The group is largely a collaboration of LaRue and Alexander. Still, Van Romaine on drums is an integral part of the band. “He has been with us since the early days,” Dave affirms. “He continues to work with the both of us (in our individual side projects). We’ve stayed in the same circles. And he’s played on many of the tunes. And he’s played on many of our gigs. He’s part of our family.”
Yet, Van has a busy schedule of his own. He tours often with Enrique Inglesias’ band and a number of other stars including Kansas, Queen Latifah, and Ciara. “So he is busy a lot,” Glenn says. “He is our first choice.” “But when he is not available, we have a guy I play with a lot who is (Van’s) sub. A guy named Drew Betts,” Dave adds. “Great player. He is one of those guys who is always prepared.”
When it comes to what was to go on the album, decisions were made by the partnership of Dave and Glenn. “We write all the music,” according to Glenn. Dave adds, “We wrote all the material. We produced all the material.”
The partnership is evident in their songwriting process even when the idea for a song starts separately from one or the other. It often begins when one says he has a snippet of a tune, or the verse section, or a hook. From there, Glenn says, “We ship it back and forth. Somebody comes up with the next part and we just keep hashing through things. Then we get together a lot and put the finishing touches on the tune.”
Distance necessitates their approach. Glenn lives in New Jersey while Dave is based in Florida. Sometimes, however, they will get together for a songwriting session. When they do, Glenn says things can get pretty fierce. Dave agrees. “A lot of things happen. Things (ideas) start flying around the room. It is hard to keep up sometimes,” they say with a laugh, quite honest with each other about what will work and what won’t.
“There are a lot of things that wind up in the trash can,” they agree. It helps not to be married to an idea, to let go of things if another idea will make a song better. Dave describes it as bouncing concepts off each other and moving the ball forward. “It may end up nowhere near where we started, but it is a cool process to be a part of.”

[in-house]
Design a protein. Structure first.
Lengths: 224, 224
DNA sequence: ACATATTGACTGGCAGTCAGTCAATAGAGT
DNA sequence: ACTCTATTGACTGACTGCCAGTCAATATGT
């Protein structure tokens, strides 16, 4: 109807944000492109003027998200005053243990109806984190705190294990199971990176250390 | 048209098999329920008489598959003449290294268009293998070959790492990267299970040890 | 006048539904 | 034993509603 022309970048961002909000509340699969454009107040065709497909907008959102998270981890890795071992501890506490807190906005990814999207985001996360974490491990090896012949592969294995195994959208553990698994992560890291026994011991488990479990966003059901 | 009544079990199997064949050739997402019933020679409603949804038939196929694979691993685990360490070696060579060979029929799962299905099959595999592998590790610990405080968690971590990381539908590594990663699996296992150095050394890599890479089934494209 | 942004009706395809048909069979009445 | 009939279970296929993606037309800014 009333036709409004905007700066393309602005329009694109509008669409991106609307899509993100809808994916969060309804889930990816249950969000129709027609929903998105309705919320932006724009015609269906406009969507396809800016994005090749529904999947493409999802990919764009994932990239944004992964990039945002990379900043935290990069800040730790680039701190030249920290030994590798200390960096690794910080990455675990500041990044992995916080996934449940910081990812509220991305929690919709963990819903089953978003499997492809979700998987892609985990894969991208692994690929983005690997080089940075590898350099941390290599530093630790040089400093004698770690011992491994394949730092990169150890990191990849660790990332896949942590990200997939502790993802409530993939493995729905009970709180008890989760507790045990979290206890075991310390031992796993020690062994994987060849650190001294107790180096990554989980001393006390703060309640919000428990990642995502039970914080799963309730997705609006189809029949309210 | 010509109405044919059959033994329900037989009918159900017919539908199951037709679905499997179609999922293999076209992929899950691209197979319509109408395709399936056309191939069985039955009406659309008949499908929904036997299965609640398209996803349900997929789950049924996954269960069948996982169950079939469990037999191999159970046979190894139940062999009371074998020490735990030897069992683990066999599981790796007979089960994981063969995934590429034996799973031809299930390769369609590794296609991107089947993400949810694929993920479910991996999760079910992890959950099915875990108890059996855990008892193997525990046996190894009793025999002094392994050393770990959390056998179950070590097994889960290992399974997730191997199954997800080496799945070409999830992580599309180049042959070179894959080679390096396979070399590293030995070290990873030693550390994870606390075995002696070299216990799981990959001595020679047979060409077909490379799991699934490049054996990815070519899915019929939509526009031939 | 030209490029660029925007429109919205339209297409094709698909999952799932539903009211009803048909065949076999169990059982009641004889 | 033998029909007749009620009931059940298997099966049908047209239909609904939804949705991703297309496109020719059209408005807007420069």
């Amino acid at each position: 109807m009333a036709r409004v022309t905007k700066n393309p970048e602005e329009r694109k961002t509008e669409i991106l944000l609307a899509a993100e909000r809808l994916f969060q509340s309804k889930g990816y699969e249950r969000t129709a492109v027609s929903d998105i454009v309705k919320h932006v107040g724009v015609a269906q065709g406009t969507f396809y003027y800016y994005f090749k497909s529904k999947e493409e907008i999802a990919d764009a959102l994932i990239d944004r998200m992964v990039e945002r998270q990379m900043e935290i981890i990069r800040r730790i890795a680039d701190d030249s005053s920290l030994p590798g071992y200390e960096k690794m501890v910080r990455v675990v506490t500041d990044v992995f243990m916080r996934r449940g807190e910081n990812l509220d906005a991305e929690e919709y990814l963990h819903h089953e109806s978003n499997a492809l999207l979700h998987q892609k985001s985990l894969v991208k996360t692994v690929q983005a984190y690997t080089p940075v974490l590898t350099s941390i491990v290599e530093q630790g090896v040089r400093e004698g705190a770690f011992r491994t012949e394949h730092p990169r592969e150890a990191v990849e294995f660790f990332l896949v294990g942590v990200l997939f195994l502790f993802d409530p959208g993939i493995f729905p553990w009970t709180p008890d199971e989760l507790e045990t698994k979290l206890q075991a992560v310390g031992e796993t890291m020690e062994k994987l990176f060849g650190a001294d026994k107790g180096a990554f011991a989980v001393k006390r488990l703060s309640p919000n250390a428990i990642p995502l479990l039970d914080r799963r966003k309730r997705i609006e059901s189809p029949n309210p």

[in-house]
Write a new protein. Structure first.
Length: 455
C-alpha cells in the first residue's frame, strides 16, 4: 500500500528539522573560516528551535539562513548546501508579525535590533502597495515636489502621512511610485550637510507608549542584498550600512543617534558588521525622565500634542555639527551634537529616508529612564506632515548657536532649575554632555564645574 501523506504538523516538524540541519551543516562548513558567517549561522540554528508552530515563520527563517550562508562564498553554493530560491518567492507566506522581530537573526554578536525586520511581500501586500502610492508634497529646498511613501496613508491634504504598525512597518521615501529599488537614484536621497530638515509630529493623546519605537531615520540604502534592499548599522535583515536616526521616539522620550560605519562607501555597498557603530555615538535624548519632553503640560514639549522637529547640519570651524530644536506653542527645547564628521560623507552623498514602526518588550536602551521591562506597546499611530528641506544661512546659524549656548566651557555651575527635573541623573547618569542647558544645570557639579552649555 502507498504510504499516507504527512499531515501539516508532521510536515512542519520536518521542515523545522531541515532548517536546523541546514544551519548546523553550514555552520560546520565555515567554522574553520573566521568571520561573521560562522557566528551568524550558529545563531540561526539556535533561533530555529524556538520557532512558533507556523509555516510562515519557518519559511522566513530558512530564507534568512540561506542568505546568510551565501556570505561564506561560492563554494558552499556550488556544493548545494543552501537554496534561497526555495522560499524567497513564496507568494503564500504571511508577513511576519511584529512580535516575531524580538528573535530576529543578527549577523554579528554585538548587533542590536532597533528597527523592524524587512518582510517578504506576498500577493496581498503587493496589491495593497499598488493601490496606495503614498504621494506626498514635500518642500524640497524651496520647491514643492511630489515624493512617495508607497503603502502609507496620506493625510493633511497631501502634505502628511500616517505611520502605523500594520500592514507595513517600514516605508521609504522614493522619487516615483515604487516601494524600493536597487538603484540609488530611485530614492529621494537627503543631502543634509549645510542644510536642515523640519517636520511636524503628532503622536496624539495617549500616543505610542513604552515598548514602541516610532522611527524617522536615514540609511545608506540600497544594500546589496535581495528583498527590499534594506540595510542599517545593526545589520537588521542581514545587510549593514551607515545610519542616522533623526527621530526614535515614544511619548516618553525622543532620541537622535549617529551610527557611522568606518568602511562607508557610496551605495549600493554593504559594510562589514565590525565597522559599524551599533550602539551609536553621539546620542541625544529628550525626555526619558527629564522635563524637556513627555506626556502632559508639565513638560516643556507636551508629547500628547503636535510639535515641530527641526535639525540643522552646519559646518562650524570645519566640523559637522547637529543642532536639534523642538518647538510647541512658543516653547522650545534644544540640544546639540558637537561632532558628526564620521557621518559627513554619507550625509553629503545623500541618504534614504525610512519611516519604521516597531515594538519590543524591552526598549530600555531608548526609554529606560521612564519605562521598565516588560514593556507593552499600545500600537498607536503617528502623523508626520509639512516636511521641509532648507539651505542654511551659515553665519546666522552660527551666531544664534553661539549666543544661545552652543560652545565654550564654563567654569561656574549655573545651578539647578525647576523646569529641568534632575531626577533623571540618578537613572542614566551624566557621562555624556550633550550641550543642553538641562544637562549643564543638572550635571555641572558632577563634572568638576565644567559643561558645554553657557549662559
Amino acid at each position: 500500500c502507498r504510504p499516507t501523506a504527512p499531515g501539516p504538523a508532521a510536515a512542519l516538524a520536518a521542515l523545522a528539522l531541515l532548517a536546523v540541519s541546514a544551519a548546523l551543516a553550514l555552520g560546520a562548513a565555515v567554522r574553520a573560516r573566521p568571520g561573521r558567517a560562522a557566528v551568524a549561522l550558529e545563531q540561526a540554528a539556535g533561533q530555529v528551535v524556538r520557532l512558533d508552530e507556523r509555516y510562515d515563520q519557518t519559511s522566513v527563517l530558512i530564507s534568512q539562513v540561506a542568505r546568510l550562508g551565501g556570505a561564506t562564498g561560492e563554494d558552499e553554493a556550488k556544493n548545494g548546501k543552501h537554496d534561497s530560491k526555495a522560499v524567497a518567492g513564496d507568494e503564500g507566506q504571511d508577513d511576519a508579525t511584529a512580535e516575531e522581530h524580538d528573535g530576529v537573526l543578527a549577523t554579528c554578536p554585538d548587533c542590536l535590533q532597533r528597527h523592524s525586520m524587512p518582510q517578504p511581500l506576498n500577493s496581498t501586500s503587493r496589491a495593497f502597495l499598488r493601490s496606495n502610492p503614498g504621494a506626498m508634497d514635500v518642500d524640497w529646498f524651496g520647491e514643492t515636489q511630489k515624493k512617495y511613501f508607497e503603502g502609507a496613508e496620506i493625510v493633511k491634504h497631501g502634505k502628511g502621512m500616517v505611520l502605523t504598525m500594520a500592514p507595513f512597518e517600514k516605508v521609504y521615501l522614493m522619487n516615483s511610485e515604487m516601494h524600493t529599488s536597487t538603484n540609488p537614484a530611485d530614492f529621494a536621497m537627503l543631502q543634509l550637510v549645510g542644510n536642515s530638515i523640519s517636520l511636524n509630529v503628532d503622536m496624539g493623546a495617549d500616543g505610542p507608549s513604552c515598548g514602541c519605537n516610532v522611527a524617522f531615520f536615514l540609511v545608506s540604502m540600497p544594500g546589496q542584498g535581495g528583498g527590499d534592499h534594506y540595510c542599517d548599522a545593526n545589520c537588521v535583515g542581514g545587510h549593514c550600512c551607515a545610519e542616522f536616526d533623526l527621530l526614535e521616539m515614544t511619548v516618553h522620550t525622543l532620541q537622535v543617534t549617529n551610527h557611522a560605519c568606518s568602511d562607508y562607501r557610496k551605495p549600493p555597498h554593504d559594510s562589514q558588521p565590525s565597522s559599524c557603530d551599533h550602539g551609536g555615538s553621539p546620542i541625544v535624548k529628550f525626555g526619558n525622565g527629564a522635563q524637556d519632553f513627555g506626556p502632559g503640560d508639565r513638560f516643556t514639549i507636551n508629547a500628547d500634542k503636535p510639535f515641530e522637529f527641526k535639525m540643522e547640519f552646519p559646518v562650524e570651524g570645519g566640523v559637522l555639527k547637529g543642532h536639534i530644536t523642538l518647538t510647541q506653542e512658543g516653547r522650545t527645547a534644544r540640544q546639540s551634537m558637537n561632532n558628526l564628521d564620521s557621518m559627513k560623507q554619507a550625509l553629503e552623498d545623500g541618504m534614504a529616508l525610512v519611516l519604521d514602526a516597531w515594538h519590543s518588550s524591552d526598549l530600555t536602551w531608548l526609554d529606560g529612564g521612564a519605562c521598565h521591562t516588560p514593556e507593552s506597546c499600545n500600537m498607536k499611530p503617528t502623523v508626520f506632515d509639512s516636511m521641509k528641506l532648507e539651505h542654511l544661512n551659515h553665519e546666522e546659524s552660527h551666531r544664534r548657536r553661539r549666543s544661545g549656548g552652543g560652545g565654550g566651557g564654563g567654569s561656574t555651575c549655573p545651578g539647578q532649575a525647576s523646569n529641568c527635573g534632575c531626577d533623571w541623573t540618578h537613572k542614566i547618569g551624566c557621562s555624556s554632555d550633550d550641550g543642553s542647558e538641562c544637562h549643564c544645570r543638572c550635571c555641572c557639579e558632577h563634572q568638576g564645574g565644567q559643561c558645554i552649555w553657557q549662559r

Most artists find it difficult to pick out one song on their album as a favorite. LaRue and Alexander have a particular fondness for the song “Noble Red Man.” Glenn was inspired by a book he read and from there the song evolved. “I had read this book called Wisdom Keepers,” he relates. “It is very powerful. The writers went to the reservation and interviewed some of the chiefs and tribal members. And it was powerful for me and we credit that on the record. The song was written from their perspective.”
He continues, “That is a song for us that as a trio is nearly impossible and we typically do not play live. It is the most produced song on the record. And for me it is one of my absolute favorites.” Dave shares that sentiment and says, “I love that tune. It is one of my favorites as well. The drums at the start set it up and it becomes a movie after that.”
Dave and Glenn would like to see it made into a video someday. To do it the way they would like to have it done would take an investor, though. “We are not going to do that one half-assed,” Dave says.
Until an investor comes along, you can listen to “Noble Red Man” on L.A.X. from LaRue/Alexander.